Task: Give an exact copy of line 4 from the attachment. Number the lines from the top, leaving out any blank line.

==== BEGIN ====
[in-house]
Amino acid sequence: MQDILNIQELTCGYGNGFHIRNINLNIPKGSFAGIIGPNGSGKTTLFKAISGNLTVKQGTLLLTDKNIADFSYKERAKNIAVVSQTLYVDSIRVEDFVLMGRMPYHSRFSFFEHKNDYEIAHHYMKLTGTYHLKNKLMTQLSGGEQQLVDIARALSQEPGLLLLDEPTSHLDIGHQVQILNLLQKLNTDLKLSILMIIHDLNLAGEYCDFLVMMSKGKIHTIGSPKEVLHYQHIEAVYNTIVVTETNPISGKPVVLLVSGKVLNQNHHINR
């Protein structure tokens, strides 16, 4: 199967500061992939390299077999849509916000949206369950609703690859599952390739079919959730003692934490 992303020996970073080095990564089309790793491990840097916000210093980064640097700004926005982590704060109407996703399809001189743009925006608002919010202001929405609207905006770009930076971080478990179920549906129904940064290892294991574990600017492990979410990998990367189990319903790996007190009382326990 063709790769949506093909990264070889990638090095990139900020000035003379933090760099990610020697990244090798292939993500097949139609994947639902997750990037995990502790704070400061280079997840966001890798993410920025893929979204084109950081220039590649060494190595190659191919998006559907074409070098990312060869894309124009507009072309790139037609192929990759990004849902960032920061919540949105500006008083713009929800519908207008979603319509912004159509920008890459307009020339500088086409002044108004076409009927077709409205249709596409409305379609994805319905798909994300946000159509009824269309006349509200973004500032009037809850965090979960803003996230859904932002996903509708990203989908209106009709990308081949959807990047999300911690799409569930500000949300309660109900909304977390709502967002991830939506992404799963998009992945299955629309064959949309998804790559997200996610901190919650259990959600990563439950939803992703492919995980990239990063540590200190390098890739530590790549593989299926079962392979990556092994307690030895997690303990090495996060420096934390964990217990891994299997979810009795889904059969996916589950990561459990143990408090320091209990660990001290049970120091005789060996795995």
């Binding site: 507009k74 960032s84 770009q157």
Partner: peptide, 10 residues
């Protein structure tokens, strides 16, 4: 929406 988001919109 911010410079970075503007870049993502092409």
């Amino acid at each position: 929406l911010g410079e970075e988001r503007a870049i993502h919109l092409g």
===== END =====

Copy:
């Binding site: 507009k74 960032s84 770009q157």